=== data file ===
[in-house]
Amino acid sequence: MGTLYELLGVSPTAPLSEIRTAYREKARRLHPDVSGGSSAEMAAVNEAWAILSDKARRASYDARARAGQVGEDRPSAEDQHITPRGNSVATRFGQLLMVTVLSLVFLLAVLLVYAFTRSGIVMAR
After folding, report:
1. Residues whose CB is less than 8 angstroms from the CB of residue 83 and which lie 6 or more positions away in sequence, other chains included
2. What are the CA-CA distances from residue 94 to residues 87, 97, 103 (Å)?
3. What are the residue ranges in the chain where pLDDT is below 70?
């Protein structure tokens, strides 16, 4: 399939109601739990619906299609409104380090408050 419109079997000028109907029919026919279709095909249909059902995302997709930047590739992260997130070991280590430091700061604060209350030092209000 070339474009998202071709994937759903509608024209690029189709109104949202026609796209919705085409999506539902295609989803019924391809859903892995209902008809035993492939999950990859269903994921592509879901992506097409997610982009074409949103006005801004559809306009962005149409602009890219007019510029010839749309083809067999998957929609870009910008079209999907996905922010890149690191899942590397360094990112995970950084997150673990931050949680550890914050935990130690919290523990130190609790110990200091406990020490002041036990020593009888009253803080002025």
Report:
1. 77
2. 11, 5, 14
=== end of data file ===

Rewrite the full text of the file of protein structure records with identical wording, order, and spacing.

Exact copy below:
[in-house]
Amino acid sequence: MGTLYELLGVSPTAPLSEIRTAYREKARRLHPDVSGGSSAEMAAVNEAWAILSDKARRASYDARARAGQVGEDRPSAEDQHITPRGNSVATRFGQLLMVTVLSLVFLLAVLLVYAFTRSGIVMAR
After folding, report:
1. Residues whose CB is less than 8 angstroms from the CB of residue 83 and which lie 6 or more positions away in sequence, other chains included
2. What are the CA-CA distances from residue 94 to residues 87, 97, 103 (Å)?
3. What are the residue ranges in the chain where pLDDT is below 70?
């Protein structure tokens, strides 16, 4: 399939109601739990619906299609409104380090408050 419109079997000028109907029919026919279709095909249909059902995302997709930047590739992260997130070991280590430091700061604060209350030092209000 070339474009998202071709994937759903509608024209690029189709109104949202026609796209919705085409999506539902295609989803019924391809859903892995209902008809035993492939999950990859269903994921592509879901992506097409997610982009074409949103006005801004559809306009962005149409602009890219007019510029010839749309083809067999998957929609870009910008079209999907996905922010890149690191899942590397360094990112995970950084997150673990931050949680550890914050935990130690919290523990130190609790110990200091406990020490002041036990020593009888009253803080002025």
Report:
1. 77
2. 11, 5, 14